“You can hear one-to-one, can’t you? Be grateful.”
I try to be grateful but I cannot join in conversations around me because I have a hearing-loss. Sorry to whine but the so-called inbuilt loop programme doesn’t work properly. It works a bit, like a layer of foundation on the face makes an even layer, but hearing in a group of three women yesterday was useless. It did distract me. I was there for a dental appointment so any distraction is good.
I’m sure she gave me instructions at the end, but I was long past absorbing them. She had asked whether I wanted an anaesthetic before proceeding with a chip on a tooth. What? At the dentist with no painkiller?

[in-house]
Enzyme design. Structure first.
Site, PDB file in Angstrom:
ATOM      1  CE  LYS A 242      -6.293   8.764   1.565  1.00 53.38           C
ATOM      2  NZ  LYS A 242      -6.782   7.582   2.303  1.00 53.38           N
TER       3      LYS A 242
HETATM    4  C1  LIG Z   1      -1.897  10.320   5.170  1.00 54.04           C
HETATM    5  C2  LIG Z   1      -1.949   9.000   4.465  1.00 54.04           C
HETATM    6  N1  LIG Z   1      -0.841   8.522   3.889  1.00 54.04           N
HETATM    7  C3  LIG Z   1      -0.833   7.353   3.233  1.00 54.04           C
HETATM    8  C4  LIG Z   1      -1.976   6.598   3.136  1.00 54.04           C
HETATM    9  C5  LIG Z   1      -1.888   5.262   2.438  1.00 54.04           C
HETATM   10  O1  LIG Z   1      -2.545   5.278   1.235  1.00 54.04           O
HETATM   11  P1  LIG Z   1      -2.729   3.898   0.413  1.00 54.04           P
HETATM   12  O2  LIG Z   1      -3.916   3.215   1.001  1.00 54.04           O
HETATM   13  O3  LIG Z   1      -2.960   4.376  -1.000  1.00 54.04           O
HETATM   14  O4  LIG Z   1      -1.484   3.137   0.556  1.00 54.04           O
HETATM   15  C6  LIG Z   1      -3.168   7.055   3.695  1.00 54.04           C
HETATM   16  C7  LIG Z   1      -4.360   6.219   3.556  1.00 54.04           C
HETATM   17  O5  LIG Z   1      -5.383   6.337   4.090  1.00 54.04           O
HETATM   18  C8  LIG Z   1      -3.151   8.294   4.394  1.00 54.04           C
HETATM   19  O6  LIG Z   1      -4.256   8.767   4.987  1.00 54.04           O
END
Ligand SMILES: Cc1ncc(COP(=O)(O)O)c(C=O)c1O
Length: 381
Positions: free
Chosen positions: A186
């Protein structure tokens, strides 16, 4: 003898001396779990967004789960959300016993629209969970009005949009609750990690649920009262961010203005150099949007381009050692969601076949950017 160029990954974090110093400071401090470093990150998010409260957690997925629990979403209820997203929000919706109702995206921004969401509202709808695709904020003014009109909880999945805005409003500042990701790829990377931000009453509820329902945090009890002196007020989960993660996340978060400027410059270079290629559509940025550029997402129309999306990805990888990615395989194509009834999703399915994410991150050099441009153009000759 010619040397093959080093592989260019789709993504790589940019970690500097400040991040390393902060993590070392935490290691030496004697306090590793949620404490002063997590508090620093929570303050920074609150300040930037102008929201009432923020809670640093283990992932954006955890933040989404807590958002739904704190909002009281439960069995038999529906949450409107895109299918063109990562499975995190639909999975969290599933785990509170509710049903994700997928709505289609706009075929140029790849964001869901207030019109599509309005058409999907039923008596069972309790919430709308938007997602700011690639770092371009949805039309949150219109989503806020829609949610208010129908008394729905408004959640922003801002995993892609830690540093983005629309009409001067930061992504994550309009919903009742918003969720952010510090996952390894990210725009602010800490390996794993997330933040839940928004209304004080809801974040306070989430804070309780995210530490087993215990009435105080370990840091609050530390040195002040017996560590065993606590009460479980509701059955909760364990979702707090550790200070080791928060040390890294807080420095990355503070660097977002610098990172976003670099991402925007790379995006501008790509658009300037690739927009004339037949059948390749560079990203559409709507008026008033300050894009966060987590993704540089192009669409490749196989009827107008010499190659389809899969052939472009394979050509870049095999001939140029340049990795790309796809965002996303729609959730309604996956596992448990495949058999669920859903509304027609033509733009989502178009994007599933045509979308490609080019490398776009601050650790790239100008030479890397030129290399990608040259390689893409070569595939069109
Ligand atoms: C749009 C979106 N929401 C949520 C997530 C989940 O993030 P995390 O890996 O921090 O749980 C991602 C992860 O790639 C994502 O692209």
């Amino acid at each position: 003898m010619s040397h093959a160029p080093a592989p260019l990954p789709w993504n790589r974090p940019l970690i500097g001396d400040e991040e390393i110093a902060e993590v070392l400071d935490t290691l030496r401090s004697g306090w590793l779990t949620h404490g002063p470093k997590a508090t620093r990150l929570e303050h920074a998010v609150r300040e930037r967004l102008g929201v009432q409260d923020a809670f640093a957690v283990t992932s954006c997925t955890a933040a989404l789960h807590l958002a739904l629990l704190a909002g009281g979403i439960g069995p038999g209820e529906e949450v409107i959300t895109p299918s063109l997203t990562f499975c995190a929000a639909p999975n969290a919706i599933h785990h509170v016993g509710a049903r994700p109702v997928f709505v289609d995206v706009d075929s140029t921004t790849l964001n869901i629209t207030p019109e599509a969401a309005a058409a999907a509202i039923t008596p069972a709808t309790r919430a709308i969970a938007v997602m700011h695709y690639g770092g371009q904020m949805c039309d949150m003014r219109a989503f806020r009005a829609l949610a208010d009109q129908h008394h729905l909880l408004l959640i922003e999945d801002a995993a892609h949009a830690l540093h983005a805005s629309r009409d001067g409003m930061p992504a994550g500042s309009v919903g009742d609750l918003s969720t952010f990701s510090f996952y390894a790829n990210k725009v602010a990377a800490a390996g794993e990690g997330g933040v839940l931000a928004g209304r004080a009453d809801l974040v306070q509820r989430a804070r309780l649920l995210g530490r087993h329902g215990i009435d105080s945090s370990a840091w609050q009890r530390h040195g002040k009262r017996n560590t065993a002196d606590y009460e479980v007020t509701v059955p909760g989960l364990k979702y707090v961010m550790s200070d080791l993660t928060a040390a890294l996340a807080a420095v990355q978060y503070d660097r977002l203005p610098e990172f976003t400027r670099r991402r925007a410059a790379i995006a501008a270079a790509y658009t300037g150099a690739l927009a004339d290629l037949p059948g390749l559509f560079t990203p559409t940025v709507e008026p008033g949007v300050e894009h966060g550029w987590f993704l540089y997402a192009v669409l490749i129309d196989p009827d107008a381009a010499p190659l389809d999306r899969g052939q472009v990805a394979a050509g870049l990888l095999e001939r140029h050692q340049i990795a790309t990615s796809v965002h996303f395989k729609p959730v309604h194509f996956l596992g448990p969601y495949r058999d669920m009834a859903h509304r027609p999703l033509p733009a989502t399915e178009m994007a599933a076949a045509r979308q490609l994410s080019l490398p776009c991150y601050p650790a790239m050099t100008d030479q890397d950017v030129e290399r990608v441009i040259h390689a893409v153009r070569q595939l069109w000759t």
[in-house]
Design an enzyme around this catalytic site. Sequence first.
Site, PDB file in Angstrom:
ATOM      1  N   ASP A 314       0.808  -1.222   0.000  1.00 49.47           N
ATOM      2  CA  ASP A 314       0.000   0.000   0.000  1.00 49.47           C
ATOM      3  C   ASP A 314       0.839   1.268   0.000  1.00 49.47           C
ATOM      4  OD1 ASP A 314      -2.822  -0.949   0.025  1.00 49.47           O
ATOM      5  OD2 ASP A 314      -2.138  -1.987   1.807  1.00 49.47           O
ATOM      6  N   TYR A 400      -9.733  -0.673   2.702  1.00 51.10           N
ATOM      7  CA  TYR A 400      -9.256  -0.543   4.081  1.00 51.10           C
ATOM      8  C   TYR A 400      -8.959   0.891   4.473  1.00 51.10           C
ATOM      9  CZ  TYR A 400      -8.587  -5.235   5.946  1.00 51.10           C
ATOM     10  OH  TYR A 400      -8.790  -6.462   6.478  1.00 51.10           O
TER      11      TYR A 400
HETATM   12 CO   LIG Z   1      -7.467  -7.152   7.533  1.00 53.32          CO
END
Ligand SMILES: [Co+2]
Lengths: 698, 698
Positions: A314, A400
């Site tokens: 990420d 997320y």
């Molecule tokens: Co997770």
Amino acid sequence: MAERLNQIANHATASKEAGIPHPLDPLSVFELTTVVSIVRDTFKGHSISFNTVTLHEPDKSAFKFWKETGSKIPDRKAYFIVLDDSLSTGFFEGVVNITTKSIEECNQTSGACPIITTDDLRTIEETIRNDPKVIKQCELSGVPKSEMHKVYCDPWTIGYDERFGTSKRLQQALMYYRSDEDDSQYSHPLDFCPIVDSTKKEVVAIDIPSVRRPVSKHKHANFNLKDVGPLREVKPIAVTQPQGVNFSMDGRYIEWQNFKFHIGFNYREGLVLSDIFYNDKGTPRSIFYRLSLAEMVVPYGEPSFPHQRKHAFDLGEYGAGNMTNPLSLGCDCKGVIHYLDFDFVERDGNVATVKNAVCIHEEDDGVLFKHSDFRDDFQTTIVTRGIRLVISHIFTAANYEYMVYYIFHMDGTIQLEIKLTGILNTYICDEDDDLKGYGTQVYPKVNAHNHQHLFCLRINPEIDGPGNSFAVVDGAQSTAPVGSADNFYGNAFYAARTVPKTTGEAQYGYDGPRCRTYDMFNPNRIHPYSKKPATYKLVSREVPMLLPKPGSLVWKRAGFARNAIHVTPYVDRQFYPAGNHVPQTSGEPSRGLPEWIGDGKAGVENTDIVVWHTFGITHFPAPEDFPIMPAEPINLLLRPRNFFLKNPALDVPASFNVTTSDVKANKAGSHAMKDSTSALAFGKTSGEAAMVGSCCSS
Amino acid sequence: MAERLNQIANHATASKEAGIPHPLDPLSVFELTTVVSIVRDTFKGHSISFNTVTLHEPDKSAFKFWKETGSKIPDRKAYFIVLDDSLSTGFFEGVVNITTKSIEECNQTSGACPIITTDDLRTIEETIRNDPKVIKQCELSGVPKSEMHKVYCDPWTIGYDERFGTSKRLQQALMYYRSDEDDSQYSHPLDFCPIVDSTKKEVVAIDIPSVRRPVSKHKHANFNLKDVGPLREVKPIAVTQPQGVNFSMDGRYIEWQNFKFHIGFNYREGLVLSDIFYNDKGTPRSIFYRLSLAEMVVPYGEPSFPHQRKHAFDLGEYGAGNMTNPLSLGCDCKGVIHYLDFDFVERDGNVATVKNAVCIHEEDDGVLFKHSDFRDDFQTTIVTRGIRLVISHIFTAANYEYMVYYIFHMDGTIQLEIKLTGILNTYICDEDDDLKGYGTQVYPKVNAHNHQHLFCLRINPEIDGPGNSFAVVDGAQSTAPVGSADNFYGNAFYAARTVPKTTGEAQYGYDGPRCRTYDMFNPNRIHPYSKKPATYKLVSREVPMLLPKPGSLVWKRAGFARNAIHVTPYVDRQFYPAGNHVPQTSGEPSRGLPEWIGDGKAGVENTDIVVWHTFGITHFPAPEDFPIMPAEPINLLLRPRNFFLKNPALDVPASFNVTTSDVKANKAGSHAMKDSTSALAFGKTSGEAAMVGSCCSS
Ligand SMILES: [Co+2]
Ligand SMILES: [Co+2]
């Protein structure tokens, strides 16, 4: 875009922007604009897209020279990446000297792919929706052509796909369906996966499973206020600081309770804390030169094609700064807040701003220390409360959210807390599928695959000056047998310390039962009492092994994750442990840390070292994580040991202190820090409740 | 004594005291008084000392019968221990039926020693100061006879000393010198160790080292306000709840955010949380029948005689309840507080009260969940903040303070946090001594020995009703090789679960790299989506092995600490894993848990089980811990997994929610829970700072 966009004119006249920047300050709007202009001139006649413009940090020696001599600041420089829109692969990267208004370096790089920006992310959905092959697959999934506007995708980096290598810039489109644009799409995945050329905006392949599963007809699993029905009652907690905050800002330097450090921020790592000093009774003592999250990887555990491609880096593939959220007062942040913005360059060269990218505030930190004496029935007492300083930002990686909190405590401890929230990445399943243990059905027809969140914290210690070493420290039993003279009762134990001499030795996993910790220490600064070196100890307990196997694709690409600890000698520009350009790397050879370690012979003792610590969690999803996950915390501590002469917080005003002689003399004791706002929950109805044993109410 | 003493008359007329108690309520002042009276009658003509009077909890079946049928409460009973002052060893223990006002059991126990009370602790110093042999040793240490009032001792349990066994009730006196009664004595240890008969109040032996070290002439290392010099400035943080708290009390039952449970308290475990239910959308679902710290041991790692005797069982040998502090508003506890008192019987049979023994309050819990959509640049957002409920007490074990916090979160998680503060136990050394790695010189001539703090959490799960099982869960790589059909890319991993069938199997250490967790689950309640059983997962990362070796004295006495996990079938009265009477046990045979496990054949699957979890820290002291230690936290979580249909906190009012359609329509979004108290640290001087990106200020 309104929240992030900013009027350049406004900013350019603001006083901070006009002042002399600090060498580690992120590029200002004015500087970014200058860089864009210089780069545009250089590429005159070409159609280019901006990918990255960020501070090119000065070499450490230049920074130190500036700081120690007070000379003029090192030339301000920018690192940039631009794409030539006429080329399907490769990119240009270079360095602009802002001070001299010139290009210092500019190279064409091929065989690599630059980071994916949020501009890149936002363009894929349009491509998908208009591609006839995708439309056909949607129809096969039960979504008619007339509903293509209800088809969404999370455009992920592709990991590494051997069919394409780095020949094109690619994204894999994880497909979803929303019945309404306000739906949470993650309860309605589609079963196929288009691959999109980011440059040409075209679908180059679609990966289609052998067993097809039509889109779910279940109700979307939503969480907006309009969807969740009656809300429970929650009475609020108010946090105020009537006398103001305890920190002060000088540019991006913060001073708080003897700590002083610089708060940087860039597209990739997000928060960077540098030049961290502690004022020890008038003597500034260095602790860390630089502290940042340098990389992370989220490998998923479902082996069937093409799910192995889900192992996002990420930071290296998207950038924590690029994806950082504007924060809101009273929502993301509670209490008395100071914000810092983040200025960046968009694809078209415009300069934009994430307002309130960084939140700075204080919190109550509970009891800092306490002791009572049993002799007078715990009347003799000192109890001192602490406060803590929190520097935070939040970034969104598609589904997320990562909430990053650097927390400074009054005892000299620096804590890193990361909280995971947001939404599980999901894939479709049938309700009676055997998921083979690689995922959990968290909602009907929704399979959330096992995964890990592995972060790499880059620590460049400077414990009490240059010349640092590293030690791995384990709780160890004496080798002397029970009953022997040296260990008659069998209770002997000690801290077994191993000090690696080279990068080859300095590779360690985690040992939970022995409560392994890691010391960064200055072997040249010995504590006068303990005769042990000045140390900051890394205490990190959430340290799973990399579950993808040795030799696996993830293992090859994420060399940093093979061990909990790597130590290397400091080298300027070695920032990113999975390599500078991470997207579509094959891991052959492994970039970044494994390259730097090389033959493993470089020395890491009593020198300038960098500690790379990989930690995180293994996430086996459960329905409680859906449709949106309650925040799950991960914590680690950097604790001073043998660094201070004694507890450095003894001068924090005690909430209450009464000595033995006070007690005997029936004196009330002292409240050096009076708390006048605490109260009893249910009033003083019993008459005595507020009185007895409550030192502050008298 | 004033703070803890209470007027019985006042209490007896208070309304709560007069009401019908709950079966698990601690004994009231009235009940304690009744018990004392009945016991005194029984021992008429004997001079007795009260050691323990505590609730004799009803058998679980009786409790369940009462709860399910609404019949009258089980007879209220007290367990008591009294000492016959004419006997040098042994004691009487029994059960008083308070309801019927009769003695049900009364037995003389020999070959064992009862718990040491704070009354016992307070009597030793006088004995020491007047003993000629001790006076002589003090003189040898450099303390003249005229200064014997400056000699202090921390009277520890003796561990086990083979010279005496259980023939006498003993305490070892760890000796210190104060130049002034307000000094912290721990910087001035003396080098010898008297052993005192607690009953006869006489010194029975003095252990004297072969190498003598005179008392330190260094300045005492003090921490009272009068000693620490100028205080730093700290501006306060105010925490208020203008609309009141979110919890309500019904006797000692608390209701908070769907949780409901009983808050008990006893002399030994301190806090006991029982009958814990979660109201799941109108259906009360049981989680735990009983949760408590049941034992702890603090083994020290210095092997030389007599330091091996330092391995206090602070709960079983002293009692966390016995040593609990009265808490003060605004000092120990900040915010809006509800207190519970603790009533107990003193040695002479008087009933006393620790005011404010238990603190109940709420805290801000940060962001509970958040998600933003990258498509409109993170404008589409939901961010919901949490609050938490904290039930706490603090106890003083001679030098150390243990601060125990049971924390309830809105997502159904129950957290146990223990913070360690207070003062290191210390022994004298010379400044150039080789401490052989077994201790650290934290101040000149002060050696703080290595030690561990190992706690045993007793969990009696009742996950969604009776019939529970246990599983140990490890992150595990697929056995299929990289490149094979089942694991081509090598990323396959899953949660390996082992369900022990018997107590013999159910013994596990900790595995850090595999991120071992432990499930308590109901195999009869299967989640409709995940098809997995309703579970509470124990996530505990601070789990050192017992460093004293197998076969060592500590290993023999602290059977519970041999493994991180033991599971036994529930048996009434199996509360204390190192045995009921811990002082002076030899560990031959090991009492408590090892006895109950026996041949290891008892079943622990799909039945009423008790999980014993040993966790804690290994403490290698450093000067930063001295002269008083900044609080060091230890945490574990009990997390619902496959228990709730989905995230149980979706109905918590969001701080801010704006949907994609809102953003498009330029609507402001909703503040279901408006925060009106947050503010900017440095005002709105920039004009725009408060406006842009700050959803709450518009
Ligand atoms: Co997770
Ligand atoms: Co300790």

“W can see how we go. Tell me if it hurts.”
Of course it hurts, I lift my hand. “Aagh argh …” it’s difficult to enunciate anything when someone’s fingers are in your mouth.
“Are you okay? Oh the gum is sensitive.” She said and shifted to somewhere a little less painful.
Later I found out that she hadn’t used anaesthetic on the previous visit either. But I thought she was using a new painfree sort of anaesthetic. Is it my brain giving out a natural anaesthetic?
I wonder whether it would work if I told my brain:
“You can hear, of course you can hear. Don’t be silly; you don’t need these aids.”
I tried it, but wildly overslept on the first attempt and was late for the dental appointment. Has anyone else tried this sort of attempt at persuading the brain?
Have a great hearing week
- Hearing loss charity appeals for volunteers (amplifon.co.uk)
- Propofol discovery may help lead to development of new anaesthetics (eurekalert.org)